Flow Chart

A flow chart is a pictorial representation of a process in sequential order.

Run Chart

A run chart is used when a quick visual analysis of the problem is done.

Generate Alternative Solutions

The next step is to consider the solutions that address the fundamental cause of the problem. Many alternative solutions to the problem should be generated before the final evaluation. Short- and long-term alternatives should be specified.

Select the Alternative

All proposed alternatives should be evaluated for selecting the best alternative.       

  • Evaluate all the alternatives.
  • Evaluate the alternative that helps to achieve the established goals.
  • Evaluate if the alternative fits within the organizational constraints.

 Implement the Solution

An action plan should be developed to implement the chosen solution. Allocate resources to the team and establish the timeline. Monitor the progress and gather feedback from all the affected sectors or processes in the organization. Evaluate long-term results based on the final solution.

Problem Solving Methodologies

Trial and error is a fundamental problem-solving technique. There are various problem-solving methodologies or techniques that you can use to identify challenges, create actionable goals, and resolve problems as they arise. Let's look into three such methodologies.

CATWOE Analysis

CATWOE analysis is a methodology for understanding the perspective of stakeholders. This methodology identifies each stakeholder's perspective individually and then collates this information to effectively manage the stakeholders. The six alphabets in the acronym CATWOE are the six elements of this analysis. These are: CUSTOMERS, ACTORS, TRANSFORMATION, WORLDVIEW, OWNER, and ENVIRONMENT.

" 6 CATWOE category: Customers, Actors, Transformation, Worldview, Owner and Environment"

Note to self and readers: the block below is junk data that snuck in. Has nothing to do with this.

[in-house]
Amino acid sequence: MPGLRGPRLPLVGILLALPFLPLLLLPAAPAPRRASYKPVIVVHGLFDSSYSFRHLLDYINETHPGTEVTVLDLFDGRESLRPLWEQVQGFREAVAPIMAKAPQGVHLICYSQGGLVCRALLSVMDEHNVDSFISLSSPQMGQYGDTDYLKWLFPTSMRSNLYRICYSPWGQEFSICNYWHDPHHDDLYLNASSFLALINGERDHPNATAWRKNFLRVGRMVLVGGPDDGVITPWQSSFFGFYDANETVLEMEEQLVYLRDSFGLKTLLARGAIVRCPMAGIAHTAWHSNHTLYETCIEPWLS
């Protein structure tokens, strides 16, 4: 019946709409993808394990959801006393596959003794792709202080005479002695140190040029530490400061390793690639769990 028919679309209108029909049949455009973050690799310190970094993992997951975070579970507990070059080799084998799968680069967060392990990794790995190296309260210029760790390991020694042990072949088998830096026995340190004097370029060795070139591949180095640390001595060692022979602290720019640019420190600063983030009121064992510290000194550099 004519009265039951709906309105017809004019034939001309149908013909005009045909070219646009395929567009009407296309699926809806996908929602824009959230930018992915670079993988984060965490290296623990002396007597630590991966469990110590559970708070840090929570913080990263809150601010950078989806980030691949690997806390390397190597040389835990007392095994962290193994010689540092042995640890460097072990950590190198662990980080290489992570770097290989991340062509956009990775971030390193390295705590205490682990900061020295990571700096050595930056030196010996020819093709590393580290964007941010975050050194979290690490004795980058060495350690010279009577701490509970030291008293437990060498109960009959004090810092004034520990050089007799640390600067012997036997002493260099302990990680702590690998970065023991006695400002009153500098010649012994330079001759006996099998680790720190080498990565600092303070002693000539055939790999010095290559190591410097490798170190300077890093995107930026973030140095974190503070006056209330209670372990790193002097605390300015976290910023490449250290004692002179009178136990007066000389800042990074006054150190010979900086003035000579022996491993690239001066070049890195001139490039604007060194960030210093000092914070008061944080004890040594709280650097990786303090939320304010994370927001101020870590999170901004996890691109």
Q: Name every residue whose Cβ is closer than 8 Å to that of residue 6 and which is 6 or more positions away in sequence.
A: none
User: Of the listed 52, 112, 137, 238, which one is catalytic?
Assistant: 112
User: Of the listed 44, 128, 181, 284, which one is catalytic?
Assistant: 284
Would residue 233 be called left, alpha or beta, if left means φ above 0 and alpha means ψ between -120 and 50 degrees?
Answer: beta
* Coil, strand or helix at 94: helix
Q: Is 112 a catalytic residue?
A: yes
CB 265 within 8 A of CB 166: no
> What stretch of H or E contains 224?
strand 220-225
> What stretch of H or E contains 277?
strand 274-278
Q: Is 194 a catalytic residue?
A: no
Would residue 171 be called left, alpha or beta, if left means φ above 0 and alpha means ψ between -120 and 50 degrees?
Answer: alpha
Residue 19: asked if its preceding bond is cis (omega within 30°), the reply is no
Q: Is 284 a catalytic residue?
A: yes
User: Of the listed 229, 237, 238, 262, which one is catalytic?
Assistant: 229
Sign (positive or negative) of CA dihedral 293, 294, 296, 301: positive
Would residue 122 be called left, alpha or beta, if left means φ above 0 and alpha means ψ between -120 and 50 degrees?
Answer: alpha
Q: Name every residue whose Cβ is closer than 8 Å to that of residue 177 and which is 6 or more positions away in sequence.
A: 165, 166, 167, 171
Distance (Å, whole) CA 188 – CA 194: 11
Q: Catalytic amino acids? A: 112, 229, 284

Customers: These are the customers and clients on the receiving end. These questions should be answered should be kept in mind while solving the problem:

  • What problem do they currently have?
  • How will they react to your proposed solution?

Actors: These are the stakeholders of the business involved in carrying out the transformation.

Transformation: This is the business activity that delivers service to the customer. The organization takes the input and transforms it into output.

World View: This element summarizes the belief of the stakeholder about the organization. It also answers certain questions, such as why the organization exists.

Owner: This element will describe who should take ownership of the problem.

Environment: Every organization works with the constraints imposed by the business environment, such as policies, procedures, etc.

Failure Mode and Effects Analysis (FMEA)

FMEA is a structured way to discover potential failures that may exist within the design of the product or service. The failure mode is the way in which the process may fail. Effects are the outcome of the failures. Failure Mode and Effects Analysis is designed to identify, prioritize and limit these failure modes. The two types of FMEA are:

  • Design FMEA (DFMEA): It explores the failure of the products. It explores the reason for the product failure:
    • The geometry of the product
    • Reduced product life
    • Reasons for a product malfunction
    • Material of the product
  • Process FMEA (PFMEA Process FMEA (PFMEA): It explores the impact of the product failure. It will discover:
    • Impacts on the product quality
    • Reduced reliability of the process
    • Customer dissatisfaction

Hurson's Productive Thinking Model

This model was developed by author and creativity theorist Tim Hurson. This model helps in solving the problem in a creative manner. This model consists of six steps, as follows:

  1. Ask, "What is going on?"
  2. Ask, "What is success?"
  3. Ask, "What is the question?"
  4. Generate answers.
  5. Forge the solution.
  6. Align resources.

Context and Applications

This topic is significant in the professional exams for both undergraduate and postgraduate courses, especially for:

  • B.com (Honors)
  • M.com
  • Chartered Accountants (CA)
  • CMA (Certified Management Accountant)